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Seg. 1: Lead Exposure On The Rise In The Metro. Seg. 2: AIDS Walk Kansas City Marks 30 Years.

Hey Paul Studios
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Participants in 2012's AIDS Walk Kansas City walked through Theis Park, Mill Creek Park and the Nelson-Atkins Art Museum campus.

Segment 1: As rates increase among children in Kansas City, lead poisoning remains a persistent concern.

It's been decades since companies stopped adding lead to things like paint or gasoline, but the dangers posed by lead poisoning are still affecting thousands of lives throughout the metro area. We learned why it's so hard to get rid of lead contamination in old homes and businesses, and what you can do to minimize your risk.

Segment 2, beginning at 18:25: Annual benefit walk supports organizations that help Kansas Citians living with the condition.

A lot can change in 30 years, like health outcomes for patients living with HIV or AIDS, and a lot can stay the same. Take AIDS Walk Kansas City, for instance. The event has raised money since 1988 for organizations providing shelter, medical care and emergency services to more than 5,700 people in Kansas City affected by HIV or AIDS. Today, we learned about medical advances and the history and mission of the walk.

This year's AIDS Walk Kansas City begins at 8 a.m., Saturday, April 28, at Theis Park at Oak Street and Emanuel Cleaver II Boulevard in Kansas City, Missouri. For more information and to register to walk, go to AIDSWalkKansasCity.org.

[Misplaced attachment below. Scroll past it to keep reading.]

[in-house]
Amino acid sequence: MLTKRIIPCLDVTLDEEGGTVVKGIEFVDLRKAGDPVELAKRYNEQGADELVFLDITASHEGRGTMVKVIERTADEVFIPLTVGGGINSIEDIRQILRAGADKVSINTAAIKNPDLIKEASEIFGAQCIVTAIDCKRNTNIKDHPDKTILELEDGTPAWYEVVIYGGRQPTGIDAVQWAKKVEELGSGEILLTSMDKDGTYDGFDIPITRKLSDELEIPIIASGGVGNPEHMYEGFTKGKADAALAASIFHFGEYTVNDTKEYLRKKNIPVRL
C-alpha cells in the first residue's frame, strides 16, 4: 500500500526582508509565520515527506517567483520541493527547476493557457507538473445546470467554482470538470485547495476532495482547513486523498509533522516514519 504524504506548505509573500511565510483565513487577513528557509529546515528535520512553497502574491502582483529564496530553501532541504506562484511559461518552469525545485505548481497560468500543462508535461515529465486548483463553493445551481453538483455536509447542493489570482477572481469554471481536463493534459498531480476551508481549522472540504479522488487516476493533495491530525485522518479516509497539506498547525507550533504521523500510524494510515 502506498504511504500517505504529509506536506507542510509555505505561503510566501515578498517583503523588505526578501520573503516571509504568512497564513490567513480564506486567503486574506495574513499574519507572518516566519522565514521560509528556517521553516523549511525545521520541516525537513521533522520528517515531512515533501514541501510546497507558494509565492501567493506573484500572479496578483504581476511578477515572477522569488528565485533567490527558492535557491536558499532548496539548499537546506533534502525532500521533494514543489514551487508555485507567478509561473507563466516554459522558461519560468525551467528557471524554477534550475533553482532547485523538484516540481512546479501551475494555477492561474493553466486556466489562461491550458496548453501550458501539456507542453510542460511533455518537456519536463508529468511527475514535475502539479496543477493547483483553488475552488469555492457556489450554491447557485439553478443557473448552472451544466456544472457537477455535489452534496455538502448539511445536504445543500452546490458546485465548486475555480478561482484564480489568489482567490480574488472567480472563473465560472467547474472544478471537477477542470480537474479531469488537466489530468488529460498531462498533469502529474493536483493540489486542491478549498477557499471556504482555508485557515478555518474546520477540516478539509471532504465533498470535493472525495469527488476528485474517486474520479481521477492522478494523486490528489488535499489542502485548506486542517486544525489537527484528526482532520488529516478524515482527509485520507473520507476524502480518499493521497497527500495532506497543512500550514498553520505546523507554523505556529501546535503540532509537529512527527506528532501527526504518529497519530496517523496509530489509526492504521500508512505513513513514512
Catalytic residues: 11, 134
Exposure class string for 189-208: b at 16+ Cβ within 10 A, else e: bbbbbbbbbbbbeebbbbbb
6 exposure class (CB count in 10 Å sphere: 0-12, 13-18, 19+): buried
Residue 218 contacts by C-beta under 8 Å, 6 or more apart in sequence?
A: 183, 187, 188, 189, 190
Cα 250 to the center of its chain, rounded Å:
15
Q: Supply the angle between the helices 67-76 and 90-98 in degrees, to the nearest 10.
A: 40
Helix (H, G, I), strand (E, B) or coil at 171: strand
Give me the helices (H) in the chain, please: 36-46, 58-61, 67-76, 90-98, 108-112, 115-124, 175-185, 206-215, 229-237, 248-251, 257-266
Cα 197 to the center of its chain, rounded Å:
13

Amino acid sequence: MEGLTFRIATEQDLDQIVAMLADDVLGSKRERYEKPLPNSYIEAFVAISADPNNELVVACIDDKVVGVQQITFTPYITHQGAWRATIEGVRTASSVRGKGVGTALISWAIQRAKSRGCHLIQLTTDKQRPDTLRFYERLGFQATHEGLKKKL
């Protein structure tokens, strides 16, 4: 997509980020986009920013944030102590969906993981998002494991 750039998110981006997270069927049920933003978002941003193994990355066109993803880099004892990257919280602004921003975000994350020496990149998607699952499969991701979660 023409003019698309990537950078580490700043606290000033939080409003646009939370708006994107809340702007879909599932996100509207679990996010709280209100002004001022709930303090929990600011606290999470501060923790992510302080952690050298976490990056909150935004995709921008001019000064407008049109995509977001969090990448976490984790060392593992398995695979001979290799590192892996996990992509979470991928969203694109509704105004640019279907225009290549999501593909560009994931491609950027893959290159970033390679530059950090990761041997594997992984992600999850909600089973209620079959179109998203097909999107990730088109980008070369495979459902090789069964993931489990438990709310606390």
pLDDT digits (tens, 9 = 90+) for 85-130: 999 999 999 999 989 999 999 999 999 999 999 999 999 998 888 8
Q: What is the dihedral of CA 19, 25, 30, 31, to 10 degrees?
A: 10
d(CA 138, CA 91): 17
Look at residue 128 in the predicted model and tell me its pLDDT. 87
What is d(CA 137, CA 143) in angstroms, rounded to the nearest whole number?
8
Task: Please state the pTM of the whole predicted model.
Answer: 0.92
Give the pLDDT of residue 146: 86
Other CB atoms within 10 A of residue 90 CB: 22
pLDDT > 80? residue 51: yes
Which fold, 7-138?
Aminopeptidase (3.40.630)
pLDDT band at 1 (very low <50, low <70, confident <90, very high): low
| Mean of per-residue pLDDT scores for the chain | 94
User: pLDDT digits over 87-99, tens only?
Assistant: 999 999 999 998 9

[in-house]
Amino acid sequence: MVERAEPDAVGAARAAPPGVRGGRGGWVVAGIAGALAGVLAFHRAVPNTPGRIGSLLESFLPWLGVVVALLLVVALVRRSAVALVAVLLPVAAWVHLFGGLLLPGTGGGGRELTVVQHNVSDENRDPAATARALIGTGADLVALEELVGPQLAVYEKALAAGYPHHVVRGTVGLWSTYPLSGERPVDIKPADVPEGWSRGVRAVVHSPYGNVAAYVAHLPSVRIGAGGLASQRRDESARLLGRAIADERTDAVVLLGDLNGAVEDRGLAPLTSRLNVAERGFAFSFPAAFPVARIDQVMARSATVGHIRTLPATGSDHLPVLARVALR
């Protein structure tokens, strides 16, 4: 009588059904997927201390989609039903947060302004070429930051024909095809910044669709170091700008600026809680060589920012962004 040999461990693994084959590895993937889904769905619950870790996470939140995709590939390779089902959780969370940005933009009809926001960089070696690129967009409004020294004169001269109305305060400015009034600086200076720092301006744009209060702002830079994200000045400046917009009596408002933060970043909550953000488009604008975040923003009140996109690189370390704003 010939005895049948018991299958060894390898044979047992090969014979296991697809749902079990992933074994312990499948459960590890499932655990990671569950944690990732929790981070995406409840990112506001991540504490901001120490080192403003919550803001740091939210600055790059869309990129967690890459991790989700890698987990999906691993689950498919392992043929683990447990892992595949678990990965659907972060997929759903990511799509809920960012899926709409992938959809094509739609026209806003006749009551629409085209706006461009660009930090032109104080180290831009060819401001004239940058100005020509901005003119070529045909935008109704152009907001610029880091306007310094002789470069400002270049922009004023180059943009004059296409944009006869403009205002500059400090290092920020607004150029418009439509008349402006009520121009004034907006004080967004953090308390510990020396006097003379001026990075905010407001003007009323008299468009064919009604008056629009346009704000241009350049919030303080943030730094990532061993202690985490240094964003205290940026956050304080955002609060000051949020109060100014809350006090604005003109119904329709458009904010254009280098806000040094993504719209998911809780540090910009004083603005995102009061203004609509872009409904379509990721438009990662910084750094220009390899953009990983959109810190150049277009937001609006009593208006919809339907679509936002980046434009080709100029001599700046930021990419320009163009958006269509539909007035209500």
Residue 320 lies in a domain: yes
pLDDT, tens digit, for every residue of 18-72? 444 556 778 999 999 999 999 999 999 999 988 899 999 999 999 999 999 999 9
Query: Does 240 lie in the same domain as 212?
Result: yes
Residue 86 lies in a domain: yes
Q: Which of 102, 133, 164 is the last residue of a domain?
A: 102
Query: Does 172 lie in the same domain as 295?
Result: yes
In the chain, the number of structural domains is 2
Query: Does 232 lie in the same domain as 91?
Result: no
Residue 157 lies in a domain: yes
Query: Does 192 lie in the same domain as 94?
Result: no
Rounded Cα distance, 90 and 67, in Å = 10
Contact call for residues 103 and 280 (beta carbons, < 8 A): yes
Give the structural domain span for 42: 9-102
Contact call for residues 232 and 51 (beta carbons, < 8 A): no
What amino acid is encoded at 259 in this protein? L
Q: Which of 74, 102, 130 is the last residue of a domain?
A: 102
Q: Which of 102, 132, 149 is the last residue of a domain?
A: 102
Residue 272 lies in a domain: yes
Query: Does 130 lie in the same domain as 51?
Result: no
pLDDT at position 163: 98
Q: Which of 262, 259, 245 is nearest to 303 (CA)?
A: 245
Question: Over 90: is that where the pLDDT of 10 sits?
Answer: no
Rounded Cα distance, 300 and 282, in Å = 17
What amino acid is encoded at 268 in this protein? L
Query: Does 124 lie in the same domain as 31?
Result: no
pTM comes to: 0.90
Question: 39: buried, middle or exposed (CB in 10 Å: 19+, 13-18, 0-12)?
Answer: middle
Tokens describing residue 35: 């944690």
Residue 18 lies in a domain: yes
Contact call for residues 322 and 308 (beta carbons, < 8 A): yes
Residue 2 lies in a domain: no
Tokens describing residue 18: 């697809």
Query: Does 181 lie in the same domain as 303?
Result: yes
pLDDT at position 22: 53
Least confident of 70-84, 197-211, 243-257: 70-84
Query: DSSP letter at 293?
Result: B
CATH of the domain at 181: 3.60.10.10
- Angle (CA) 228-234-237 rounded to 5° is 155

When I host Up To Date each morning at 9 a.m., my aim is to engage the community in conversations about the Kansas City area’s challenges, hopes and opportunities. I try to ask the questions that listeners want answered about the day’s most pressing issues and provide a place for residents to engage directly with newsmakers. My email is steve@kcur.org.
The Kansas City region has long been a place where different ways of life collide. I tell the stories of people living and working where race, culture and ethnicity intersect. I examine racial equity and disparity, highlight the area's ethnic groups and communities of color, and invite all of Kansas City to explore meaningful ways to bond with and embrace cultures different from their own. Email me at luke@kcur.org.